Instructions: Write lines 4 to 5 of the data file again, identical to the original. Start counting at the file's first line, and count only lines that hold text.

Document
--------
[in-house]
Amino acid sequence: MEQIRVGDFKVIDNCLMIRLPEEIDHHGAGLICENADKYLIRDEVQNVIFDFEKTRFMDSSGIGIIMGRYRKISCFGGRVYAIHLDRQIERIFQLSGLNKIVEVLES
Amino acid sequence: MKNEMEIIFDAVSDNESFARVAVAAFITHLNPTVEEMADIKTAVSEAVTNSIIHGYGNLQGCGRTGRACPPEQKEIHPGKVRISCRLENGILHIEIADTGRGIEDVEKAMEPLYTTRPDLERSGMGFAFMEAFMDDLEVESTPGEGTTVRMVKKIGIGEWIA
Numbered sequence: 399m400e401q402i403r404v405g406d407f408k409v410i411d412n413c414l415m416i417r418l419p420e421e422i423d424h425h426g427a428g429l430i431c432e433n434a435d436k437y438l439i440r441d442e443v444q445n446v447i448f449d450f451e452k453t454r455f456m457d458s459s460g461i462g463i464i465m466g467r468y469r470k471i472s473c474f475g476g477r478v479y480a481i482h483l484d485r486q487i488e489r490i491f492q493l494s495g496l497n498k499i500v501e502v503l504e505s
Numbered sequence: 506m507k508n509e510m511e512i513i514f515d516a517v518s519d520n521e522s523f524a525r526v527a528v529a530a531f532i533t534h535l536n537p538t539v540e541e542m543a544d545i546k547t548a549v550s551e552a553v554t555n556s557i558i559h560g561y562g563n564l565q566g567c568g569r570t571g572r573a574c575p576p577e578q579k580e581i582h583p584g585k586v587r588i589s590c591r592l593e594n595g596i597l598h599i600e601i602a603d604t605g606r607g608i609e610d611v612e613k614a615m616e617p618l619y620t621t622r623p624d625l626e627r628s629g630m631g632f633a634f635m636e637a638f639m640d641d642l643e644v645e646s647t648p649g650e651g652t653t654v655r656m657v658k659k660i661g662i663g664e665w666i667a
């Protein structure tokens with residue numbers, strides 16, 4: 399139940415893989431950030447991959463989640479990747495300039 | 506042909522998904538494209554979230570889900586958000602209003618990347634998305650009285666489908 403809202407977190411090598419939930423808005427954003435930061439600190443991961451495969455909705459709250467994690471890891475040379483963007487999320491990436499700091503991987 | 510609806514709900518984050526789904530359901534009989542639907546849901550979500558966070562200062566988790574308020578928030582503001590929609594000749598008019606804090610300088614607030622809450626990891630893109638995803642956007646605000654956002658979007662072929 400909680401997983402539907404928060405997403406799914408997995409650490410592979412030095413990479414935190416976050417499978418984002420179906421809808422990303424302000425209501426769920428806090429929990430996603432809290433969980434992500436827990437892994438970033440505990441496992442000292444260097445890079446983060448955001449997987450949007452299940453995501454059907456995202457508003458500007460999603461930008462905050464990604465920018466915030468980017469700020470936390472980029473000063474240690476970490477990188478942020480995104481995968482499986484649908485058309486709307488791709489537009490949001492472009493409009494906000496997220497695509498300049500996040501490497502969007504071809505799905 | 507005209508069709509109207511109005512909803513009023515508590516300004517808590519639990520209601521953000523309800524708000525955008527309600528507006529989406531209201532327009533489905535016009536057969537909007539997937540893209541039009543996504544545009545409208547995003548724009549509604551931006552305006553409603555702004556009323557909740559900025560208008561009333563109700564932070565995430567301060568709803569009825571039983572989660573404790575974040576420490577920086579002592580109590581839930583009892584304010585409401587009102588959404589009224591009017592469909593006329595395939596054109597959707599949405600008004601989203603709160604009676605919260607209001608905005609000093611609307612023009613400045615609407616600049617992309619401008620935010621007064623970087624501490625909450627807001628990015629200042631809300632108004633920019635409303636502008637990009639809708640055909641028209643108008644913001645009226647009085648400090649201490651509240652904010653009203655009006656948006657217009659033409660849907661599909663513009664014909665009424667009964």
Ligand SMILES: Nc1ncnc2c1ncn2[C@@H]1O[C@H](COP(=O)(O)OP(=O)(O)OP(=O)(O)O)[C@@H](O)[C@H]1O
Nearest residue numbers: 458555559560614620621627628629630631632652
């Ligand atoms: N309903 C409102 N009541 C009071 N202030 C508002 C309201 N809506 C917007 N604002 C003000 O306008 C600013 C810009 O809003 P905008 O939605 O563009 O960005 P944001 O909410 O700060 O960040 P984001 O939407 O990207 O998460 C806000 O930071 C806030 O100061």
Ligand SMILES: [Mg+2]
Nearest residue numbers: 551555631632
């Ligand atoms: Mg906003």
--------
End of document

Numbered sequence: 399m400e401q402i403r404v405g406d407f408k409v410i411d412n413c414l415m416i417r418l419p420e421e422i423d424h425h426g427a428g429l430i431c432e433n434a435d436k437y438l439i440r441d442e443v444q445n446v447i448f449d450f451e452k453t454r455f456m457d458s459s460g461i462g463i464i465m466g467r468y469r470k471i472s473c474f475g476g477r478v479y480a481i482h483l484d485r486q487i488e489r490i491f492q493l494s495g496l497n498k499i500v501e502v503l504e505s
Numbered sequence: 506m507k508n509e510m511e512i513i514f515d516a517v518s519d520n521e522s523f524a525r526v527a528v529a530a531f532i533t534h535l536n537p538t539v540e541e542m543a544d545i546k547t548a549v550s551e552a553v554t555n556s557i558i559h560g561y562g563n564l565q566g567c568g569r570t571g572r573a574c575p576p577e578q579k580e581i582h583p584g585k586v587r588i589s590c591r592l593e594n595g596i597l598h599i600e601i602a603d604t605g606r607g608i609e610d611v612e613k614a615m616e617p618l619y620t621t622r623p624d625l626e627r628s629g630m631g632f633a634f635m636e637a638f639m640d641d642l643e644v645e646s647t648p649g650e651g652t653t654v655r656m657v658k659k660i661g662i663g664e665w666i667a